This cannot stand. Law is the expression of the general will. Every citizen has a right to participate personally, or through his representative, in its foundation. It must be the same for all, whether it protects or punishes. It must be available to all, and easy to access for king and subject, justice and petitioner, Seneschal and citizen. And so the laws must be compiled into a single code of law, that all those in the kingdom might have and keep them, well and peaceably in their fulness and entirety for them and their heirs.
While the Kingdom of Talossa is a small country, in the face of the great world, the Ziu, in the name of the people of Talossa, hereby pledges before history that our responsibilities to our country are no less a sacred trust than those of other people to theirs. We therefore do establish and ordain this code of laws, to be known as el Lexhatx. We shall uphold it, and perfect it.


After a prefatory declaration of principles, it is divided into 12 titles sorting out the law into different categories. These categories are: general crime (detailing the criminal code, acceptable punishments, and broad principles); elections (governing political parties and how the Chancery conducts elections); offices of the Royal Civil Service (including the Chancery, the Scribery, the Treasury); the government (describing the duties of all the bureaus and sub-bureaus of the Talossan government); immigration (who is allowed to enter the country, and the appropriate procedure); culture (such as holidays, official symbols, and the like); justice (how the Cort Pü Inalt and the General Cort work); legislation (detailing how it is submitted and passed in the Ziu); the military (in all of its fractal complexity and silliness); wittenberg; territorial subdivision and the Lexhatx itself (how it should be maintained and amended).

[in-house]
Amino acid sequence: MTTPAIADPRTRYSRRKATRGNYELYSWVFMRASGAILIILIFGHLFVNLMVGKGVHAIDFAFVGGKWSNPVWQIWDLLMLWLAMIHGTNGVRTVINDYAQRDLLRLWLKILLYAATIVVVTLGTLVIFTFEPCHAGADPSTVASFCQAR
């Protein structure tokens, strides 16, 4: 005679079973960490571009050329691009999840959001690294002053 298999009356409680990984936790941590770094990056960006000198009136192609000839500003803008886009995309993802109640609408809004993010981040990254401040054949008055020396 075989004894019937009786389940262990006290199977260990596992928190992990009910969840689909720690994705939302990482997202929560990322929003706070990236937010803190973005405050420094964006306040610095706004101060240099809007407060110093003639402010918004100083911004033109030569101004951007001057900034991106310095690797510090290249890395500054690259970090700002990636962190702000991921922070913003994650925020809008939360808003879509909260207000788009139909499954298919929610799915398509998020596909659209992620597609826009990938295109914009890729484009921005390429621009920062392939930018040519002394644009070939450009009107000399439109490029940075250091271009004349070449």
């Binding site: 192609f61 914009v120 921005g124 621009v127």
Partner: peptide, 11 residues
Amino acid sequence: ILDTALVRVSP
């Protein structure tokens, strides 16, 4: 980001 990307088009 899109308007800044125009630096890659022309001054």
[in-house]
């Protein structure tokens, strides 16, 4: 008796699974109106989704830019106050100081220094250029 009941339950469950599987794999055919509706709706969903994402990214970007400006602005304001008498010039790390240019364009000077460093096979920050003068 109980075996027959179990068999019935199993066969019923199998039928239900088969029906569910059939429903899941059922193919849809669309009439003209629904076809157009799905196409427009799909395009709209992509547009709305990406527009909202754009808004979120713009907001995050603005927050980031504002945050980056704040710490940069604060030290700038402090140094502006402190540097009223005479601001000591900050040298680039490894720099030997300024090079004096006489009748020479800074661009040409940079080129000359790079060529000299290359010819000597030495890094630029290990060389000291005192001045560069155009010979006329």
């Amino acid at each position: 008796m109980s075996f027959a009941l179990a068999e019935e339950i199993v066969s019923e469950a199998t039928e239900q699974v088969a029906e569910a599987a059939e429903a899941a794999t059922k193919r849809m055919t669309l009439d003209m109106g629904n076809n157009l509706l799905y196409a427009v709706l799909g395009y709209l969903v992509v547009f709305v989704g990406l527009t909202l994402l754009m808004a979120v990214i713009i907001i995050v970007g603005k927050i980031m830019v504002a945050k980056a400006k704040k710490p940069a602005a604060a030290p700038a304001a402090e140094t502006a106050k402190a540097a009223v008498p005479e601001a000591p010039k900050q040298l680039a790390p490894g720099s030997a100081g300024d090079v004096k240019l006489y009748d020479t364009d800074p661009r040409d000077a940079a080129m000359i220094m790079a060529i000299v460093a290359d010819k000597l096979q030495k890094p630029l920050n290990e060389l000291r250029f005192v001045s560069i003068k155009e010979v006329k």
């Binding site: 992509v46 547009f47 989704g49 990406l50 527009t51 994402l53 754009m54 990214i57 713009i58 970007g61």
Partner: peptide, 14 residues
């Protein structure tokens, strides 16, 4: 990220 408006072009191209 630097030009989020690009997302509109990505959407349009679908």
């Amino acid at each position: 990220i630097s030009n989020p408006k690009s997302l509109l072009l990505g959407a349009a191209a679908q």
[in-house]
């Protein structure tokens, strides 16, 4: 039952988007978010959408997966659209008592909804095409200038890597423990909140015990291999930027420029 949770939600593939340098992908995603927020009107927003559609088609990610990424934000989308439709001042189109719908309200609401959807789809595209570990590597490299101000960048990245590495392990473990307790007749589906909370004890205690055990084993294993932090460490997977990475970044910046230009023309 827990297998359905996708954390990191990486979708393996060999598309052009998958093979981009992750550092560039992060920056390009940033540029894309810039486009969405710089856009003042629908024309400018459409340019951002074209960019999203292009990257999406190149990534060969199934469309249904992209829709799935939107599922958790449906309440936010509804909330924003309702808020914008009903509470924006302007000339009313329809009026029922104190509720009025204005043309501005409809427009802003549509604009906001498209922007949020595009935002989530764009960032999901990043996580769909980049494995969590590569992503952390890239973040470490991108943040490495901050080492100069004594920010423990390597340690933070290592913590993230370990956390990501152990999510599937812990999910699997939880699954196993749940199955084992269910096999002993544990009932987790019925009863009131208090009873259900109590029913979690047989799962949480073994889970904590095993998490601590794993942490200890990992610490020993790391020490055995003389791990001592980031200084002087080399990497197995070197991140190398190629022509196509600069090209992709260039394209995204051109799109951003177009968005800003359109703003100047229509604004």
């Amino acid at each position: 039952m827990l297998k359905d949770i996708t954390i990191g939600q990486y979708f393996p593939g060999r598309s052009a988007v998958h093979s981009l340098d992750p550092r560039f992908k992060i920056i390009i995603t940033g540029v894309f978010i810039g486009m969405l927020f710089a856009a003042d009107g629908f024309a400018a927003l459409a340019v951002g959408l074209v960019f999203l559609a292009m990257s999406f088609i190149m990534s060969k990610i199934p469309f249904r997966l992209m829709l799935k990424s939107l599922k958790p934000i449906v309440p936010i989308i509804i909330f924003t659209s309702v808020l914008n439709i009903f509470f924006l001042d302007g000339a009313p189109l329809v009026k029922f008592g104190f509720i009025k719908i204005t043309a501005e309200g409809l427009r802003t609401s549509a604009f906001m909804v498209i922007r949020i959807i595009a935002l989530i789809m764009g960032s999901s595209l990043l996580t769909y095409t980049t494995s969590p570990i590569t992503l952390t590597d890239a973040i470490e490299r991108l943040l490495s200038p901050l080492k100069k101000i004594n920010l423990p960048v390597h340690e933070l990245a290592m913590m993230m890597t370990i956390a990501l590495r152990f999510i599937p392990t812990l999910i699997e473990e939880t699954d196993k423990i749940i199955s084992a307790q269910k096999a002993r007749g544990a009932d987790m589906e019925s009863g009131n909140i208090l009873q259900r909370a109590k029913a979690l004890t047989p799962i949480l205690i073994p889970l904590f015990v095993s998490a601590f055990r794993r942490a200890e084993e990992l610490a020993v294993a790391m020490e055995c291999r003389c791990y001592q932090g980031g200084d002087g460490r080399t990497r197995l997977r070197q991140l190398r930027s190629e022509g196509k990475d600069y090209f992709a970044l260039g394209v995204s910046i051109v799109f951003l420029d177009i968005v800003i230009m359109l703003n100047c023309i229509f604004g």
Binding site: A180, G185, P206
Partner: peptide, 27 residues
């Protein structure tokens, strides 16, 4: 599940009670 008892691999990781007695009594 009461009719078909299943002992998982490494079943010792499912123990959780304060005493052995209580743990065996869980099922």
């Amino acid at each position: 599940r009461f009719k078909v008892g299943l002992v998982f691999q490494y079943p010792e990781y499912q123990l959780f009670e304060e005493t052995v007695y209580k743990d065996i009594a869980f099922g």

Since its adoptiuon, the Lexhatx has remained the only statute as almost all statutory are written to amend it: when read in conjunction with the Organic Law, it represents the whole of Talossan law. This arrangement has made it significantly easier for all citizens to understand and follow the law, since there are no longer multiple standing bodies of law. Looking up the laws on any particular subject is usually as simple as clicking to the relevant title within the Lexhatx.

Statutes amending el Lexhatx

See here the list of all laws amending el Lexhatx.


Reference to a provision of el Lexhatx is made by first citing the document (as Lexh), then by appending the letter of the specific title, and then by adding the number of the provision. If referring to a subsection or a subsubsection (or so on). Separate each division with a full stop. Thus, referring to the seventh section and eighth subsection of Title J, the citation would read: Lexh.J.7.8. This style of notation is described in Title Z of the law.

The abbreviation "Lexh" is preferred over "Lex," since the digraph "xh" represents a single sound in Talossan.